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Could you these two sentences?

1) Studying abroad will not always do you good in the future.

2) Studying abroad will not always ensure your success in the future.

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I suggest hi.

Studying abroad will not always ensure your future success.

Comments  
teacherJapanCould you these two sentences?

Ahem.

"In the future" places the expected benefit or lack thereof on the far side of an undetermined but fixed space of time. It strikes me as a mistake for "in the long run", which places them on a continuum starting soon. That aside, both are fine.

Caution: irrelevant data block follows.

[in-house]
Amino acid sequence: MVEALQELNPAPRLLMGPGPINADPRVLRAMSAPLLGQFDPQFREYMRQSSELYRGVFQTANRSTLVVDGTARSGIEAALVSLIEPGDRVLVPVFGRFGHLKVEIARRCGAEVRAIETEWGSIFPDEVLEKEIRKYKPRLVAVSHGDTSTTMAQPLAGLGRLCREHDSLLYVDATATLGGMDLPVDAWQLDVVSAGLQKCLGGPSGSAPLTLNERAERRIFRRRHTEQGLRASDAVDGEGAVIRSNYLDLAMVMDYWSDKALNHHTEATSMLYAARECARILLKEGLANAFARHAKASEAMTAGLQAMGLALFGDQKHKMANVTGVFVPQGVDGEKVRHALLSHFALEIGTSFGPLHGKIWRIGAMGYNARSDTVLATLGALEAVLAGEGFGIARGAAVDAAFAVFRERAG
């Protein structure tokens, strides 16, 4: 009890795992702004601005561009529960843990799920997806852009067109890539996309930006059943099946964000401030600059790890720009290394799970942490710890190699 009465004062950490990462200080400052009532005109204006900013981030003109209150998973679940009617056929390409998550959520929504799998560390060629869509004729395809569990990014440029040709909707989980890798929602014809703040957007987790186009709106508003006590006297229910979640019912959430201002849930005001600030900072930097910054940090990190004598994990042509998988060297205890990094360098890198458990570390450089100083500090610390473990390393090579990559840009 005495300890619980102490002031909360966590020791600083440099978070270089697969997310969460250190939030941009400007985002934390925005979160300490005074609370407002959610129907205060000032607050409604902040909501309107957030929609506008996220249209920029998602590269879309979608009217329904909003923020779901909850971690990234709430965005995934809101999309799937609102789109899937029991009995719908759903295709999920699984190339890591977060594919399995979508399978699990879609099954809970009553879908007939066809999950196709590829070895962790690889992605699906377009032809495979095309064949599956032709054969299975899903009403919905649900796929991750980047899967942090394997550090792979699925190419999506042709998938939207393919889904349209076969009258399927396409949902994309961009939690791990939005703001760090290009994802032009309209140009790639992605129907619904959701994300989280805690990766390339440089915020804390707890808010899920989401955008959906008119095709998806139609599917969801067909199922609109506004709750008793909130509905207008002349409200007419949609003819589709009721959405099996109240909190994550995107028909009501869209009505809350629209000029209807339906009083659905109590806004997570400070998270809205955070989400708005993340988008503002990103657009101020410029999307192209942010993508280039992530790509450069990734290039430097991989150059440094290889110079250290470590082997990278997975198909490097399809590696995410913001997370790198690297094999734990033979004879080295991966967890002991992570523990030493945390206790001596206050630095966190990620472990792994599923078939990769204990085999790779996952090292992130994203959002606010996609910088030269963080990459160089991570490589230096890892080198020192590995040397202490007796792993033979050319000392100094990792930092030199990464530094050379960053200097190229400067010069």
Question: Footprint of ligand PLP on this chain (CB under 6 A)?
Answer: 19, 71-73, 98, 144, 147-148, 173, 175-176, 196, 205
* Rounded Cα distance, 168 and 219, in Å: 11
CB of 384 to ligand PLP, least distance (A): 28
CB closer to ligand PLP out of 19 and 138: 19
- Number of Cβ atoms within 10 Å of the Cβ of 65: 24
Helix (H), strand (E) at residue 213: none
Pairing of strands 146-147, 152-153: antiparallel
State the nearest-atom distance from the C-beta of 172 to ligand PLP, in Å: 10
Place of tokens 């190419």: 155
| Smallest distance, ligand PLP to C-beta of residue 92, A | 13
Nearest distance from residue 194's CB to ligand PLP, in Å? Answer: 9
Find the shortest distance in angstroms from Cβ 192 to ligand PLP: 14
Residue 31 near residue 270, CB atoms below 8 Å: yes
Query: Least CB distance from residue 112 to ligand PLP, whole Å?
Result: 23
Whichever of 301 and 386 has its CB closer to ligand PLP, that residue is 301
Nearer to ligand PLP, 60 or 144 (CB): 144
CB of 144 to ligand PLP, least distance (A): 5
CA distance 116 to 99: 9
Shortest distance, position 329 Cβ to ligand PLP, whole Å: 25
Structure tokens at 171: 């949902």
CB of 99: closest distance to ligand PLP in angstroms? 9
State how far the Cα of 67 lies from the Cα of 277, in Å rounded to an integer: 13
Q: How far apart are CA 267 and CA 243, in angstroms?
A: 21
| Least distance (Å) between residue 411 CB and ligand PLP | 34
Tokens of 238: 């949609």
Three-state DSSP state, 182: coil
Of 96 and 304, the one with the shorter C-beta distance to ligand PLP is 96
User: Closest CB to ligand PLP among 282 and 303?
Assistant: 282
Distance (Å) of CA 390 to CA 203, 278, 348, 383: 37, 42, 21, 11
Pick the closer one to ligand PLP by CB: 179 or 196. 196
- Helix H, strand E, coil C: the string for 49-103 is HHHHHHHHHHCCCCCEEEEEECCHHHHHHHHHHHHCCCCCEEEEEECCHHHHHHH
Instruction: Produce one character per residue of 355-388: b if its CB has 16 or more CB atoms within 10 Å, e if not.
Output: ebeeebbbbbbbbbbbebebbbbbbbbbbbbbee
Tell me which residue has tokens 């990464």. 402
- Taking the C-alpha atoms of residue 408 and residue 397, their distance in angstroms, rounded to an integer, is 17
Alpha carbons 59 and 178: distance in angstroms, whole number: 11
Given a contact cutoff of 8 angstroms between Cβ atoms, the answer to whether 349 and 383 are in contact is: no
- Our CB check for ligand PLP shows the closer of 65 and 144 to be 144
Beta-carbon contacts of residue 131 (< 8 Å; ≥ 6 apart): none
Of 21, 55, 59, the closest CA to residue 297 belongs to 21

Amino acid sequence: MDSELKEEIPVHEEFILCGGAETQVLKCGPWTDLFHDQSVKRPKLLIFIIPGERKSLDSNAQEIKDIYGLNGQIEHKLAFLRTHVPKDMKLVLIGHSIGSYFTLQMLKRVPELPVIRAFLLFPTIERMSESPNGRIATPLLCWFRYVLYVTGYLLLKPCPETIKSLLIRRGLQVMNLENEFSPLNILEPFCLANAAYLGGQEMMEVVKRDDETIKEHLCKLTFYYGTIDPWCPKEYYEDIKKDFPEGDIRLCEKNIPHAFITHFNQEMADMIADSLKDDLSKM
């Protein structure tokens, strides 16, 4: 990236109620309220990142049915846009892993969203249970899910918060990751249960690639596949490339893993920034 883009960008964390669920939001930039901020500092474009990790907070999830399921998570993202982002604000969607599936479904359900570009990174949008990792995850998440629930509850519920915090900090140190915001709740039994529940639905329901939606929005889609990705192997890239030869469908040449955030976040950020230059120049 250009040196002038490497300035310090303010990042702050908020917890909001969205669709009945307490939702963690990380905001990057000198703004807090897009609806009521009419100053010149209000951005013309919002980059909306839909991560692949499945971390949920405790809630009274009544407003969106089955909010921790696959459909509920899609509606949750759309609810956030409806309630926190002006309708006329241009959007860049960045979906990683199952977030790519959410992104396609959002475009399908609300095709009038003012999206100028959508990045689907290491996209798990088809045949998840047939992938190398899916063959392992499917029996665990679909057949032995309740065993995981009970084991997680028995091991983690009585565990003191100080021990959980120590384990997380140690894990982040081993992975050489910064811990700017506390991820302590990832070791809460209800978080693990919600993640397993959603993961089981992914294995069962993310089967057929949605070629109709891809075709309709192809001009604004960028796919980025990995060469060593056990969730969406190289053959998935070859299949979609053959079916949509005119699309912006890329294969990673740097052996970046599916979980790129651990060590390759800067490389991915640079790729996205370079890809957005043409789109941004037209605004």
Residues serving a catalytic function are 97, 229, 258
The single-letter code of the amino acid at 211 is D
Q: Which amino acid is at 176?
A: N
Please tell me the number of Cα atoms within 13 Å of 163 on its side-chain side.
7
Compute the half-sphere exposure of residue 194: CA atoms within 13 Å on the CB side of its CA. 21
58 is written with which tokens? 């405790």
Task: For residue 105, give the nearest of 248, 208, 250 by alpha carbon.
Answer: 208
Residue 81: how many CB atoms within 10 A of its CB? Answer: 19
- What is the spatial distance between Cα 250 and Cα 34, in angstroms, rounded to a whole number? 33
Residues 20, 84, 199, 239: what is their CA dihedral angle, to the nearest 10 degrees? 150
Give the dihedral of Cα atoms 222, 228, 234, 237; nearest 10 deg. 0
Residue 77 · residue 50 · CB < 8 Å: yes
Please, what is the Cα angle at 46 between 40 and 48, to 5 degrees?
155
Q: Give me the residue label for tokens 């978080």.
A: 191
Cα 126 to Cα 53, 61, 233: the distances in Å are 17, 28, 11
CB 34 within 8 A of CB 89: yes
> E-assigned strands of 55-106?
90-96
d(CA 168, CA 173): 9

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 Clive's reply was promoted to an answer.
Thank you very much, both.
teacherJapan Thank you very much, both.

By the way, I couldn't see the other answer when I posted mine. That happens pretty often in here. "Future success" also solves the problem and is perhaps a bit less casual than "in the long run". I can't think of everything.

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Your help has been so much appreciated. Thanks again very much, anonymous.